In Jason Giambi’s final three at-bats of Wednesday night’s game against the Pirates, he was booed before he even stepped to the plate, but once in the batter’s box on the final at-bat, everything changed. Giambi knocked a game-winning home run into the upper deck in right field and knocked some confidence into Yankees fans.
In the three games in which he has played since that 10th-inning blast, Giambi has hit .250 with two walks and three runs scored. But it’s more the little things he has been doing at the plate and in the field that has helped gain the apparent acceptance of the fans.
Although his line yesterday read 1-for-3 with two strikeouts, Giambi — who left without talking to the media — contributed more. He reached base in his first three at-bats, via a single in the second, a walk in the fourth and a wild pitch after striking out in the fifth.
After his walk in the fourth, he helped the Yankees start a rally when he noticed Cubs first baseman Derrek Lee was playing behind him.
Manager Joe Torre said Giambi looked into the dugout to see what to do, and Torre gave him the go-ahead to make the decision. With two strikes on Bernie Williams, Giambi decided to run and hope Williams hit the ball. Williams did — into the hole created when shortstop Neifi Perez broke to cover second. Giambi ended up on third base and scored the tying run on a single by the next batter, Robinson Cano.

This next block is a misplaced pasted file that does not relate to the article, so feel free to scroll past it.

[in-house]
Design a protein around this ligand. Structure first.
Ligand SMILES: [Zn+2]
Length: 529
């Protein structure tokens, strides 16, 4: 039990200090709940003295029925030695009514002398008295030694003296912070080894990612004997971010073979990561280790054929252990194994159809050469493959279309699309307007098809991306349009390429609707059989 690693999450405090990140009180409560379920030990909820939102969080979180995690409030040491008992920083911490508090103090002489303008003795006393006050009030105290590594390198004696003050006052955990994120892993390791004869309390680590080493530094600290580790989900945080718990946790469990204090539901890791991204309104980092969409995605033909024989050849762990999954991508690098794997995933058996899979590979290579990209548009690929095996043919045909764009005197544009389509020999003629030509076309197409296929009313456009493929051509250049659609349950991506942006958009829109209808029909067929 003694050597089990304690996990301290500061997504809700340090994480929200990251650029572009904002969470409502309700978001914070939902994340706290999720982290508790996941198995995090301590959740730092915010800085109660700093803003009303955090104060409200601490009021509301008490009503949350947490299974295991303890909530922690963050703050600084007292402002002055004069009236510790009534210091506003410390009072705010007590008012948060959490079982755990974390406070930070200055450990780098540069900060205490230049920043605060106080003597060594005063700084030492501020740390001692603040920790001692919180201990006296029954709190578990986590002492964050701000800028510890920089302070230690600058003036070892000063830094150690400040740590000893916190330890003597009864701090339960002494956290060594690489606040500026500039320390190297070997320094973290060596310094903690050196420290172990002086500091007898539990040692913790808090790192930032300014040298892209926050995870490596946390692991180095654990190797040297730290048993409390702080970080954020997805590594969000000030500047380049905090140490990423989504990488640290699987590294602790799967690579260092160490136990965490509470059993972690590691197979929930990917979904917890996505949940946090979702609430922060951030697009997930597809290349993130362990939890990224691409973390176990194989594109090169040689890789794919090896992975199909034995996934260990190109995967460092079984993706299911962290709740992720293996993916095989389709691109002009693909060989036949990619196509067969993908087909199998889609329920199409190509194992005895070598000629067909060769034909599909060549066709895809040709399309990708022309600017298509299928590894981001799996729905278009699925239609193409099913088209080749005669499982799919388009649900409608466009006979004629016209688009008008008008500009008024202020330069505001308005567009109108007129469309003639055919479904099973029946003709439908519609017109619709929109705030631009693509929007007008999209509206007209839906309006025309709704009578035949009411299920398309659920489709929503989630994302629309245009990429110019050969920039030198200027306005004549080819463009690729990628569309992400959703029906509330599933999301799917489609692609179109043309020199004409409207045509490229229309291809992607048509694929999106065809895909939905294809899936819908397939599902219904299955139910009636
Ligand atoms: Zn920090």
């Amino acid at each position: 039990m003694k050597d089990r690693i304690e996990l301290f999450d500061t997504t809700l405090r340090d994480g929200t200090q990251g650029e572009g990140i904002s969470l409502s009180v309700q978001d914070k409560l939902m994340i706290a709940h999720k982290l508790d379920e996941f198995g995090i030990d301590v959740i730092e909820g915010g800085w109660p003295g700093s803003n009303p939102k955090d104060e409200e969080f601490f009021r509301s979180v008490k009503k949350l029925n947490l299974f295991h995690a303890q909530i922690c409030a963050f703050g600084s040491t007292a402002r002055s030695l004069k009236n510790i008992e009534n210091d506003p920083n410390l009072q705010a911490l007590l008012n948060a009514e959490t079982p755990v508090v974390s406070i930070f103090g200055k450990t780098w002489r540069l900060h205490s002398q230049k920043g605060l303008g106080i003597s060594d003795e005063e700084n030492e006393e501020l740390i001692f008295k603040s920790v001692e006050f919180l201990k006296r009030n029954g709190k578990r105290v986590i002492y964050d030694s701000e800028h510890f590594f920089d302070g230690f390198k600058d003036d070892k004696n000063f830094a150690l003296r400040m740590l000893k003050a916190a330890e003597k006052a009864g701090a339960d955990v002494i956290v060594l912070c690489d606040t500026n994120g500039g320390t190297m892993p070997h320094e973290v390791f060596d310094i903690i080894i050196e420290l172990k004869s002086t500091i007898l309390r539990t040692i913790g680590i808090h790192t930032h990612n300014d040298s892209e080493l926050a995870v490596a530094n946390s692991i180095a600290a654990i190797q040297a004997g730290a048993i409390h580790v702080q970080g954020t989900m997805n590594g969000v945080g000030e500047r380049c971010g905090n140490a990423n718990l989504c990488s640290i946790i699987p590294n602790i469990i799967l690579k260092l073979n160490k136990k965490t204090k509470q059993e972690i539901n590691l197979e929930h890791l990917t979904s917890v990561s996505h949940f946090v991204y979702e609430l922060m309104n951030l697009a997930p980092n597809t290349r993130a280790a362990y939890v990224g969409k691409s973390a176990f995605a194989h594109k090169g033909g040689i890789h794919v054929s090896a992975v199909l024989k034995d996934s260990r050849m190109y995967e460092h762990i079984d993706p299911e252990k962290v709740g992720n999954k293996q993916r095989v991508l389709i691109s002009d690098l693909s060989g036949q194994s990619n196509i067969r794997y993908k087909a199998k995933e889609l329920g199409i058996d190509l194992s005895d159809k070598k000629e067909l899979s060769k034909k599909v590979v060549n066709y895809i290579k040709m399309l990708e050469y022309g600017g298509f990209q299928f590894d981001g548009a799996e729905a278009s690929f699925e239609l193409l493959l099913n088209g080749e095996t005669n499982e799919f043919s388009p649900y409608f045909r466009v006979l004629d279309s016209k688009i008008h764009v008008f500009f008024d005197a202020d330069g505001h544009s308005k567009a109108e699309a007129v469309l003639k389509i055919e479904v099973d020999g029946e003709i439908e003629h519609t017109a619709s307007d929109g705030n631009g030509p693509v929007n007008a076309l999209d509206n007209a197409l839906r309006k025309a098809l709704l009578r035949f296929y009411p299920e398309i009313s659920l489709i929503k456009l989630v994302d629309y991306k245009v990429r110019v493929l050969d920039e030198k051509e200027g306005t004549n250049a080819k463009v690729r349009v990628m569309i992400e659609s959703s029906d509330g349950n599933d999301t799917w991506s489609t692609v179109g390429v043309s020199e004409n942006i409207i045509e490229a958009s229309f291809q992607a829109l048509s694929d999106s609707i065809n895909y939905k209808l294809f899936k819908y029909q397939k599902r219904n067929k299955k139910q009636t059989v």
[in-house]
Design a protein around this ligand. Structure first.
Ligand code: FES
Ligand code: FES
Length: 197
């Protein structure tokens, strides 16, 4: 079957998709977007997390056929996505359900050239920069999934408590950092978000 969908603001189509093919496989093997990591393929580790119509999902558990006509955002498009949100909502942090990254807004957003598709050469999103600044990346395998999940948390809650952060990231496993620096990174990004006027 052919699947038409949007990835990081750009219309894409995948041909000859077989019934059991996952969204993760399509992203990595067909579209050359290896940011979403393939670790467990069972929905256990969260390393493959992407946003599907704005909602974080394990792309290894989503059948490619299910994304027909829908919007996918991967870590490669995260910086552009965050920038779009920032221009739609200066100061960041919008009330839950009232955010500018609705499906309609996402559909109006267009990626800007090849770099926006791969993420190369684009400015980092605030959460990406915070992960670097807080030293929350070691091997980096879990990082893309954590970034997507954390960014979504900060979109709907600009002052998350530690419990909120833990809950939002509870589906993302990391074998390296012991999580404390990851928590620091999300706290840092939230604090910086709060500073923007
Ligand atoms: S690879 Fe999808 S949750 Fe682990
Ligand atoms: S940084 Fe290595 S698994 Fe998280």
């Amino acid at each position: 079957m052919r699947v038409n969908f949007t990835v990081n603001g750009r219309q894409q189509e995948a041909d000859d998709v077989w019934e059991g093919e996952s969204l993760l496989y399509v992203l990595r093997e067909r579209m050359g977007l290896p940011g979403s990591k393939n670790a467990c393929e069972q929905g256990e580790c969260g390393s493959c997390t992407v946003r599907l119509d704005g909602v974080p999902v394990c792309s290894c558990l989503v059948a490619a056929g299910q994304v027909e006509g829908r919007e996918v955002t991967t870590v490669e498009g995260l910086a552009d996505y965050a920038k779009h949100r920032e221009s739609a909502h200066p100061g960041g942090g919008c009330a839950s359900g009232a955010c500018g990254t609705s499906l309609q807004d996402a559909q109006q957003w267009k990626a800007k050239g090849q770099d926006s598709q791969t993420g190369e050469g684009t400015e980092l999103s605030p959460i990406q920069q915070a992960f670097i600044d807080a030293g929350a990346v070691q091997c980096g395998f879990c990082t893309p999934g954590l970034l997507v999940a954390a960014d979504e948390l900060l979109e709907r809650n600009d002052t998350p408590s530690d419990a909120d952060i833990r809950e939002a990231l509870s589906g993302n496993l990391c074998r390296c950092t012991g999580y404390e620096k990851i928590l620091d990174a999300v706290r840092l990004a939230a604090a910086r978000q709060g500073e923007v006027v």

“It worked out perfectly,” Torre said.
“It was just a little thing, but it turned into a big thing for us today.”
Another little thing Giambi did was stretch himself into a split on a third-inning ground ball second baseman Cano charged before throwing a bit off line. He also ran hard to an open first base after Cubs catcher Michael Barrett was unable to handle a third strike in the fifth. And in the sixth, Jeromy Burnitz lined a rocket down the first-base line, but an outstretched Giambi knocked the ball down and held Burnitz to a single. The ball caromed into foul territory, leaving the opportunity for fans to let Giambi know what they thought of him.
Instead of booing, they cheered for the effort.
Farrell neglected to mention the standing ovation Giambi received for tying his own shoes.